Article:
Operation mud: CFIX part 4
The following narrative describes highly original activities, the appeal of which some readers might find dubious at best.
The week progressed and there were breaks in the rain--moments when the sun would spy through a crack in the clouds, causing everything to glow and shimmer on the quad. Later on it would beat down with enough brief force to dry portions of ground before the rain would return.
It was Thursday and one of those breaks was beckoning us all to challenge the Army confidence and obstacle courses. It was sure to be a little soggy still but no one was thinking about passing it up. Upon getting to the field and beginning the confidence course, it promptly started raining again. It wasn't very cold and beside putting a few of the more dangerous courses off limits, there was no pause in the morning's activities. The command staff (myself, Taylor and another) commenced milling around and watching the action. It was exciting enough to bring back memories of the first time we ran the very same course 4 years ago. It's amazing how you can remember just how and where you got this scrape and that bruise. Nothing serious, mind you, just small wounds. It's a shame none of us were smart enough to apply for the purple heart like some Democrats I know of.
So the rain started and stopped and lunch came and went. By this time the command staff were bored enough to brave one of the muddiest of the confidence courses just for the fun of it--by lunch we finally looked the part. That was only prep for the obstacle course, though!
As the basics began, it started to sprinkle again. I started to think to myself about what lay ahead. You see, after all the basics go through, its tradition for the staff to make a run at it. I had never done this course in the rain and the very thought of doing it now was almost too good to be true! What is usually a dust bowl would now be a mud trap! What a happy thought!
The basics finished and sure enough, it was coming down as it should. We all stood there, the rain just intensifying--as was our adrenaline level. The basics would be watching and that was on my mind as Taylor and I started whooping it up! We moved into a tight circle and started a slow chant-like "whhoo...whhoo...whhoo..." and gradually we rose in volume and speed till we finally reached our crescendo, one long thunderous roll of voices--and that was our cue.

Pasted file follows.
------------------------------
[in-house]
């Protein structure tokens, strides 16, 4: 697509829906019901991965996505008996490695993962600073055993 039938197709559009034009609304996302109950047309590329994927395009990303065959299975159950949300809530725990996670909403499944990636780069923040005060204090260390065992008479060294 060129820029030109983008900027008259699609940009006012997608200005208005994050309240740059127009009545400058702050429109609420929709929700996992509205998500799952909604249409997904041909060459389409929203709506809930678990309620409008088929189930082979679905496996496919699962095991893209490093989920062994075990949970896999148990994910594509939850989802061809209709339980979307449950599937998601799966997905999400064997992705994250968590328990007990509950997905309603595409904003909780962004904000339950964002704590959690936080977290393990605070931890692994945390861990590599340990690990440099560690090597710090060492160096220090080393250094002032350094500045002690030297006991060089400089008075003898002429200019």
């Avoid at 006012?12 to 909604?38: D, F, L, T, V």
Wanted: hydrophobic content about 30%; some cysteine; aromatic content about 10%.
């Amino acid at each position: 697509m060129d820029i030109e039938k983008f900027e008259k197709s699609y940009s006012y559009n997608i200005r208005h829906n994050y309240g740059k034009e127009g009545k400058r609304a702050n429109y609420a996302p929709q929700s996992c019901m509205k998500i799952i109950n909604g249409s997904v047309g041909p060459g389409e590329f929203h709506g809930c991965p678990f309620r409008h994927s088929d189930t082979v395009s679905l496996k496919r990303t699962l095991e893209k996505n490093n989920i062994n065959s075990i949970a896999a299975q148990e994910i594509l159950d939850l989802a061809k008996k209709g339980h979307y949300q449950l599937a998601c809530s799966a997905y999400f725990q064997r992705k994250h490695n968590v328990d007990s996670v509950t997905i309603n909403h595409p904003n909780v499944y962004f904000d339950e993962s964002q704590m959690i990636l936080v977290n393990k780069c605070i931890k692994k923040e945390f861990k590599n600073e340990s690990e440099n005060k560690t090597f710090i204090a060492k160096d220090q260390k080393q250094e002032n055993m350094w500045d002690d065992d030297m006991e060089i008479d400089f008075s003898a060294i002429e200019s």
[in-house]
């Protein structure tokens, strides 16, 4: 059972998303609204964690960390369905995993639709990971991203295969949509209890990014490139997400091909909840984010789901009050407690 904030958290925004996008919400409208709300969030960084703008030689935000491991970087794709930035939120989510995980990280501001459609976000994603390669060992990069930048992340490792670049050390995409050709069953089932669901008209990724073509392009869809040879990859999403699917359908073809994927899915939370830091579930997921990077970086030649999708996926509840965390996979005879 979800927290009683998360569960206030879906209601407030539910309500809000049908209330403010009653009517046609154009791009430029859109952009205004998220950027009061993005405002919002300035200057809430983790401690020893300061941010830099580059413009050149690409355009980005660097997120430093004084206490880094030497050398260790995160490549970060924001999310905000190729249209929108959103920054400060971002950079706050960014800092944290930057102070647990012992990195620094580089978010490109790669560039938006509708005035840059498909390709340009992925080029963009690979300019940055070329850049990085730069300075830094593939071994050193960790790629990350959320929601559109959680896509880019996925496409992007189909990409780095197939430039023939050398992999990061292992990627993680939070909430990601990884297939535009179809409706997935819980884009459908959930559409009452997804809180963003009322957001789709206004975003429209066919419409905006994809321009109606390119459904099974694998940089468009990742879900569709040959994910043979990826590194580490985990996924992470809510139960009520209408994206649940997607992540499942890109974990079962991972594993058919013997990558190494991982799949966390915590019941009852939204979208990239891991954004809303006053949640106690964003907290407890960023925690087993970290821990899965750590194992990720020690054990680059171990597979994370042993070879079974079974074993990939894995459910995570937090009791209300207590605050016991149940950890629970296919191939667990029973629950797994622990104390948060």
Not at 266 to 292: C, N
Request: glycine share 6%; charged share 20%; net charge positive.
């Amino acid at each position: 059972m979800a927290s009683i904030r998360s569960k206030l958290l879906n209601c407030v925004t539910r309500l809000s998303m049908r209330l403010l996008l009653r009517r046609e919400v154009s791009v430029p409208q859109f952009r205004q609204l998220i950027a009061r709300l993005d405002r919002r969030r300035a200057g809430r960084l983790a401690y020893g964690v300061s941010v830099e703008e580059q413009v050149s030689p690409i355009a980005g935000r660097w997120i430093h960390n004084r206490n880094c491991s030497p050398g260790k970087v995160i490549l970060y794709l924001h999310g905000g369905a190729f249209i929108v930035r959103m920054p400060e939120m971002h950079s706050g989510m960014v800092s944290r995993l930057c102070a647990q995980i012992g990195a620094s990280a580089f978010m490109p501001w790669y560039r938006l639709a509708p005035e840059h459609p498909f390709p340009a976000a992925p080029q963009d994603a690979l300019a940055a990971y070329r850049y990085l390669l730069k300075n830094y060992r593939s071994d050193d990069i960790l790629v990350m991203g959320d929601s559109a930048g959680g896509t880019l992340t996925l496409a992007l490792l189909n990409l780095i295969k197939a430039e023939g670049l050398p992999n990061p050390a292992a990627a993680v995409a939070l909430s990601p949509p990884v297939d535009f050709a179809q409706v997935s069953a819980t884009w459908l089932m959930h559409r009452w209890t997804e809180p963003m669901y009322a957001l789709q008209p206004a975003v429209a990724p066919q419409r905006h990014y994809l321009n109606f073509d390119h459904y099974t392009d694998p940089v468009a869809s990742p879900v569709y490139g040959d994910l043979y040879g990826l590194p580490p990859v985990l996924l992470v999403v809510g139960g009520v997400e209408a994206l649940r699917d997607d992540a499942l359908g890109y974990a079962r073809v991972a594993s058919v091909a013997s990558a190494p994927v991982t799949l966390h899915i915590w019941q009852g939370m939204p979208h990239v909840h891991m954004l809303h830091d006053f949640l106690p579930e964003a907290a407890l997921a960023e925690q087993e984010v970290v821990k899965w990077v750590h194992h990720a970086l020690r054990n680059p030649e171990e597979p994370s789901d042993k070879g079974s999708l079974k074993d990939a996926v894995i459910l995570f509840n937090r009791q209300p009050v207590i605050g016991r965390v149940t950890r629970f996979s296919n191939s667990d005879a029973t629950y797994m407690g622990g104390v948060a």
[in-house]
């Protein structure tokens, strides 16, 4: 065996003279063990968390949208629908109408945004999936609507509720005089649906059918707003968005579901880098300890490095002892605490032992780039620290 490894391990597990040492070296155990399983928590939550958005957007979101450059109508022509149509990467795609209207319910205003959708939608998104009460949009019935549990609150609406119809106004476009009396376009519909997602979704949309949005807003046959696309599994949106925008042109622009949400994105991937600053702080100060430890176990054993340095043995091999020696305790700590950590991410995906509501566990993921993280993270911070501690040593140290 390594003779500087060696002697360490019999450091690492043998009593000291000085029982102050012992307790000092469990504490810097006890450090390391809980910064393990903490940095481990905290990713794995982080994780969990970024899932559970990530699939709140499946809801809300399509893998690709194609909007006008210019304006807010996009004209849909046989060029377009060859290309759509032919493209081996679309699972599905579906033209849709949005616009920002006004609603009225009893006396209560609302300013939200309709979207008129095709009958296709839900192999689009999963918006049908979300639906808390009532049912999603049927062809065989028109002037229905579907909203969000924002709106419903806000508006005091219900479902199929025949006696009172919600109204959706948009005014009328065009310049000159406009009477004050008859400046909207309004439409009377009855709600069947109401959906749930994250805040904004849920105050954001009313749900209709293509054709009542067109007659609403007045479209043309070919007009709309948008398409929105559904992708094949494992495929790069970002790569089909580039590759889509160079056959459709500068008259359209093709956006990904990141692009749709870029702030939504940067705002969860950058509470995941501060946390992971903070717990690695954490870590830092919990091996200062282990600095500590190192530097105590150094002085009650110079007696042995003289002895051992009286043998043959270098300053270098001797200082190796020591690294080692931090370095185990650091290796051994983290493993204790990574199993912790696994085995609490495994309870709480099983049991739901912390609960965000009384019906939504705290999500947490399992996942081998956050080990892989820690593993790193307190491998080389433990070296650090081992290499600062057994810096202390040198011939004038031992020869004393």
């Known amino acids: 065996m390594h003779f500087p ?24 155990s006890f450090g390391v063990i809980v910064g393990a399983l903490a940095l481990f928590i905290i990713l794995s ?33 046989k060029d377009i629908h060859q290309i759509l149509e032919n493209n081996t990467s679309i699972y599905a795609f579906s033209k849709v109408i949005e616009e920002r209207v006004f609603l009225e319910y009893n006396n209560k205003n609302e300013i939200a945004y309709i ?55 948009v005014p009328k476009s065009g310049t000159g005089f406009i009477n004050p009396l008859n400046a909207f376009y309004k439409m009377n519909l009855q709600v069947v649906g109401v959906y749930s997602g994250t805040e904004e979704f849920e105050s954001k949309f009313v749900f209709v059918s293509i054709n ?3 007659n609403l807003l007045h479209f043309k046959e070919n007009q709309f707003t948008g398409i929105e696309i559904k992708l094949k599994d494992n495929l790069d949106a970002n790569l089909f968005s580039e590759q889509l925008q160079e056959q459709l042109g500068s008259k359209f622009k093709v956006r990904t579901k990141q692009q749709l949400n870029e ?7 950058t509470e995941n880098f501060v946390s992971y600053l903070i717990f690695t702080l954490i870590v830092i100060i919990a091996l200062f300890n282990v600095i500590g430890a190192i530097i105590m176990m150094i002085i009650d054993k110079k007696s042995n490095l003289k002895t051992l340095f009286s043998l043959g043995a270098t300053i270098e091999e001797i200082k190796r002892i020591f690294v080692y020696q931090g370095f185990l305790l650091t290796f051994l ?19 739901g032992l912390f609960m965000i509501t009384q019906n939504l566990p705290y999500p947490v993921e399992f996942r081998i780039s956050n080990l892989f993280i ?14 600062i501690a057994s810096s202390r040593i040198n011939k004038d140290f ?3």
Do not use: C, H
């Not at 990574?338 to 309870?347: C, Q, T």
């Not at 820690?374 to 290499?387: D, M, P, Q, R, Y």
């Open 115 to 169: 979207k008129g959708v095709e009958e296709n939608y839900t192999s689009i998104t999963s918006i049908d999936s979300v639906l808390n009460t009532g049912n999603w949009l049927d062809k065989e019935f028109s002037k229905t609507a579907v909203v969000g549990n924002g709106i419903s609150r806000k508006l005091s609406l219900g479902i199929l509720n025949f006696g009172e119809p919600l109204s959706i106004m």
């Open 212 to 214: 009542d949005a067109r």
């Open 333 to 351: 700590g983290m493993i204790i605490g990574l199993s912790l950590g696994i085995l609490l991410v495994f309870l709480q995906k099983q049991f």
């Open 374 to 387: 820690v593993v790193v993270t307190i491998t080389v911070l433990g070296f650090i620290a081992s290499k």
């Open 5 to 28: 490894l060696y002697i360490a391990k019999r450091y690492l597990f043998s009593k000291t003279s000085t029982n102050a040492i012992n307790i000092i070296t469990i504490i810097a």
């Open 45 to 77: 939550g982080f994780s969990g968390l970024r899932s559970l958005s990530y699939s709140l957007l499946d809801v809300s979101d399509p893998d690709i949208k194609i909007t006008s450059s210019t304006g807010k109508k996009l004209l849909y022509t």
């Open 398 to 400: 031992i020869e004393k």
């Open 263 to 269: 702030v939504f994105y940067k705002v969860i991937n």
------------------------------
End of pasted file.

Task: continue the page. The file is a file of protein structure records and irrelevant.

We fairly flew through the obstacles like an unstoppable storm surge before a sweeping wind. It was wet, muddy, loud, fast, and felt ever so good! The end of the course loomed and beyond that a sea of cadets cheering and pumping fists for us. It was an explosion of energy like no other and we were making the most of it. Anything to set an example of motivation they would never forget. After crossing the line we again merged into a tight mass of hot, steaming, sweating, mud-drenched humanity for one last yell into each other's faces. It was a no-holds-barred roar which destroyed our voices for the rest of the day.
The show finally ended, though, and it was time to head back to the quad. We had little more than 90 minutes to prepare for the staff "dining-in;" That's a rather fancy little party and, needless to say, quite a contrast from what we looked on the obstacle course! On our return to the quad, there were a few over-enthused staff members who defied the "no swimming" sign and jumped into one of the larger puddles. A hundred showers later and the staff were all decked in their best regalia, looking far from the type of kids prone to yelling and screaming, rolling in the mud and jumping into puddles for no apparent reason. It was a return to normalcy almost as striking as our departure that morning.